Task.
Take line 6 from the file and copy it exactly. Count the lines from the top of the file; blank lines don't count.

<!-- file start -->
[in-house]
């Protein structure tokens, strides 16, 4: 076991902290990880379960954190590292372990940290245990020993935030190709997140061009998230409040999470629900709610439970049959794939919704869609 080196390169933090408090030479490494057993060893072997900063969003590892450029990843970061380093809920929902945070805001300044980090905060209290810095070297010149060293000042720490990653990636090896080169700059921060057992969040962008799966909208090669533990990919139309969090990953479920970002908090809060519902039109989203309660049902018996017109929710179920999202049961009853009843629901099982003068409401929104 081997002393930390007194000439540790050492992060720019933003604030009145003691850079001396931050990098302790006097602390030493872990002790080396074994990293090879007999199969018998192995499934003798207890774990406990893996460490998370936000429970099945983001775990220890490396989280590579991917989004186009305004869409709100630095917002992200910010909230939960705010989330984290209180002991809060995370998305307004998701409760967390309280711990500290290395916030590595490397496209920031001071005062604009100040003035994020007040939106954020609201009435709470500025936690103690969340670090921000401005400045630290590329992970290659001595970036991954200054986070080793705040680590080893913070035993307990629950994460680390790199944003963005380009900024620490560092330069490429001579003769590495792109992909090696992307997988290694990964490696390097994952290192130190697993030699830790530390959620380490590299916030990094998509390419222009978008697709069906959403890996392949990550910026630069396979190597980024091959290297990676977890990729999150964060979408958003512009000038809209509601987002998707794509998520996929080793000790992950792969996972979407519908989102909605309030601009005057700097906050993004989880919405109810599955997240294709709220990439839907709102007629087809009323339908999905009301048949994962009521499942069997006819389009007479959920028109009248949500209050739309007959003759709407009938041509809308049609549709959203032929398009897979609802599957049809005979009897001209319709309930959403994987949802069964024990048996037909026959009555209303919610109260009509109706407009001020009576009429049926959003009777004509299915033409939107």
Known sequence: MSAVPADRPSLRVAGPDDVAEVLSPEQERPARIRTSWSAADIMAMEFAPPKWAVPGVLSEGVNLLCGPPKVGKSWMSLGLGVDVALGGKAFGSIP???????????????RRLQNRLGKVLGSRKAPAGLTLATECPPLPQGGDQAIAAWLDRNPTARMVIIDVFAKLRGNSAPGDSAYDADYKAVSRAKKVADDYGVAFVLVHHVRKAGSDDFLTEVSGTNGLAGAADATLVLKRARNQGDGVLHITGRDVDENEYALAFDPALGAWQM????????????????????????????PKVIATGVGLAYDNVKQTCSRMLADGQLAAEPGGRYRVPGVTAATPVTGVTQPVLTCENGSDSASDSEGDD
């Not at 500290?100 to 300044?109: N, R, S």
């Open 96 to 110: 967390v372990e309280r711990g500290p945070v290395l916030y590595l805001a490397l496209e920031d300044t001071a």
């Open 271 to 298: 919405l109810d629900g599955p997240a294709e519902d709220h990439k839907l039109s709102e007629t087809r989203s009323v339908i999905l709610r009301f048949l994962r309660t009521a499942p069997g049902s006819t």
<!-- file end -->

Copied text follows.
């Open 271 to 298: 919405l109810d629900g599955p997240a294709e519902d709220h990439k839907l039109s709102e007629t087809r989203s009323v339908i999905l709610r009301f048949l994962r309660t009521a499942p069997g049902s006819t």